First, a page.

For over a year and an half I did all of my errands by bike. This meant that, in very short order, I wound up with not that many errands, especially when you live at the top of a steep hill that it takes a couple of miles to reach.
The last few weeks, since returning from Texas, I’ve been riding as a passenger in my girlfriend’s car to do things like buy groceries. I never thought too much about it, except this one little detail: In a car you always buy more stuff, because on a bike you have to haul it all home on your back or your rack. How many potatoes and what size milk carton are real issues.
Yesterday she and I were talking. “I need a new cutting board,” I said.
“Let’s go to TJ Maxx,” she said.
“It’s the shop you’ve walked and ridden by about 10,000 times that says ‘TJ Maxx.'”
“Yeah, but what is it? A kitchen store?”
She looked at me like she often does. It’s a look that says, “He’s fucking with me. No, he’s a moron.” She took a breath. “TJ Maxx is a store that sells stuff that everyone wants. Everyday stuff. It’s cheap and the stuff is usually really nice.”
“Cheap and nice? I smell a rat.”
“Well we don’t have to go. I just can’t believe you’ve never been inside a TJ Maxx.”
We got in her car and drove up to the store. It was 10:00 AM and they had just opened; the store was empty except for us. At first it looked like any old Target-type box store. But when we got to the kitchenware my mind was blown. Pots everywhere. Twenty kinds of spatulas. Twenty kinds of mixing bowls. Glass food storage thingies by the zillion. Everything you could want, and tons that you couldn’t, in infinite variety and color. Want a Minnie Mouse spatula that’s too tiny to even flip an egg? Check. Seven kinds of iron teapots? Check. Eight different varieties of wooden cutting boards, all for less than $20? Check.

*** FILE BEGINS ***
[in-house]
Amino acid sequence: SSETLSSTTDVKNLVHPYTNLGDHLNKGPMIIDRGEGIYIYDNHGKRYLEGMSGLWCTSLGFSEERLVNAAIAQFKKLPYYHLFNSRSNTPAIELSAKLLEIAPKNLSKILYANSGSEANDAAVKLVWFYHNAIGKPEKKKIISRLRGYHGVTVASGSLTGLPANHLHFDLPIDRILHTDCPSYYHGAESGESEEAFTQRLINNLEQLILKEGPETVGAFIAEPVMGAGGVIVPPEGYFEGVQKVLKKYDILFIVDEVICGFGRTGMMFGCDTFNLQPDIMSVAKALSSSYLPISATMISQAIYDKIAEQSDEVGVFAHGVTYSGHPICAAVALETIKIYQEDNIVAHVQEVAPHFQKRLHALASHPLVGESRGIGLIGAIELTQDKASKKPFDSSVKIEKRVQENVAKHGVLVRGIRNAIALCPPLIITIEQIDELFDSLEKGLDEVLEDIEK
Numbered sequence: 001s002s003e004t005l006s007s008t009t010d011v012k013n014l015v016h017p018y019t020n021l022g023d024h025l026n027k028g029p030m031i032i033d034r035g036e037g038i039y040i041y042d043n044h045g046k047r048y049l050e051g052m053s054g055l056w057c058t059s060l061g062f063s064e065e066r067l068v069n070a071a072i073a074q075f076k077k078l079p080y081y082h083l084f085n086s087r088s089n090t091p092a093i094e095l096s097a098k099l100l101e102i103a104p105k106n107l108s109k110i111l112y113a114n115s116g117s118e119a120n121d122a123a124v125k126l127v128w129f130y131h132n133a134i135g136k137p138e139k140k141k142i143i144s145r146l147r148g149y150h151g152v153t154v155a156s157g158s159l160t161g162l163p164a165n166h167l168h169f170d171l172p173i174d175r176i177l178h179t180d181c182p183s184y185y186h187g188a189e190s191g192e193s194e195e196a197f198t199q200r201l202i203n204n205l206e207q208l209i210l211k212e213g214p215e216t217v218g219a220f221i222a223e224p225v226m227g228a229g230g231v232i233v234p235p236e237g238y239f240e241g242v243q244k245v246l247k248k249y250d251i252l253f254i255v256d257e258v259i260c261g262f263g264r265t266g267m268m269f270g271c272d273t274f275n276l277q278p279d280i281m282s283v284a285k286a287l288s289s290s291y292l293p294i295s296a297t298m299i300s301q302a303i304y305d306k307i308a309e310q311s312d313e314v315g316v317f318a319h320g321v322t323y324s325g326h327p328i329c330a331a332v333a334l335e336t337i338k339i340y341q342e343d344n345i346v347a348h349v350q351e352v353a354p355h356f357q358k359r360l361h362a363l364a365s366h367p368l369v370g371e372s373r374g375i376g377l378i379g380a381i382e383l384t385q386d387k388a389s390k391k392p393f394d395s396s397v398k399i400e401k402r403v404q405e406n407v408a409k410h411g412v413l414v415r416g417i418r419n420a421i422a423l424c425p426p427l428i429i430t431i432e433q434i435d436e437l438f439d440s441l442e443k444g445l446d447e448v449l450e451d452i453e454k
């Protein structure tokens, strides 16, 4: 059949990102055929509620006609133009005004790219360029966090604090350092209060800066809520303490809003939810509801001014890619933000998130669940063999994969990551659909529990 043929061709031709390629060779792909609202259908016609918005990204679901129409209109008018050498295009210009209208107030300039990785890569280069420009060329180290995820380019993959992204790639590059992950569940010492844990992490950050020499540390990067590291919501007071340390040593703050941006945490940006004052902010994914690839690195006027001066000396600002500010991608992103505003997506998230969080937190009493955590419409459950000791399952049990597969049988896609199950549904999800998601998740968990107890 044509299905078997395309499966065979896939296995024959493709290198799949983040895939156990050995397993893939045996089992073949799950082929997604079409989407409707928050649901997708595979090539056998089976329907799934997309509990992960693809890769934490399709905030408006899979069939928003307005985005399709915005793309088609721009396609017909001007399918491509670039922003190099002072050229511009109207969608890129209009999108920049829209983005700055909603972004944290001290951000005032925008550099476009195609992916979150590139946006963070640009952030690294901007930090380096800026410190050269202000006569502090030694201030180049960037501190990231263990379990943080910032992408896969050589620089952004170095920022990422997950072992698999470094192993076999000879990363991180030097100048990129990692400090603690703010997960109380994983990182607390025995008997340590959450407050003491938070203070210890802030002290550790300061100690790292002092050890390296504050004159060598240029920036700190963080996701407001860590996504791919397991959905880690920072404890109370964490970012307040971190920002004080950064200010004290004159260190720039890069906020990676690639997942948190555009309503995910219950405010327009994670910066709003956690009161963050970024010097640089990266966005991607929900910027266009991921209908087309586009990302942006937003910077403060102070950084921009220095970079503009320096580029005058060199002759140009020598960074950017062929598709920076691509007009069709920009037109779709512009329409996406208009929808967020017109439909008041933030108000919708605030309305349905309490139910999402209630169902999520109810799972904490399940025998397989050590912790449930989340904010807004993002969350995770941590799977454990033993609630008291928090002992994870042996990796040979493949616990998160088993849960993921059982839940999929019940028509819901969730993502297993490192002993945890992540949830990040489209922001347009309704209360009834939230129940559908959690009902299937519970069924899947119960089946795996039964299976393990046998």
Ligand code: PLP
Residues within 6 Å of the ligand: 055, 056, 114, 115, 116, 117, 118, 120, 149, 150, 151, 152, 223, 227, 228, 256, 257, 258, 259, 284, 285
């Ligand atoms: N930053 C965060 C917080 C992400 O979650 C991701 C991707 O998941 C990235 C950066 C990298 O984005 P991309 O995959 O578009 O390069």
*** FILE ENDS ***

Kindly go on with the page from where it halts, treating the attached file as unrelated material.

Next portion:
“This is sick,” I said, happily.
“Yes, she said. It’s TJ Maxx.”
I got my cutting board but did not stop there. There was a great little saucepan with a lid. There was a cool wooden spoon. There was an electric water pot. I kind of lost control, and blinked stupidly at the $75 bill at checkout.
“Are you okay, sir?” the clerk asked.
We got back in the car and I realized what had happened. I’d been car-ed. That’s what happens when you go to buy something and come back with a bunch of stuff you didn’t need and only vaguely wanted. Never happens on a bike. Ever.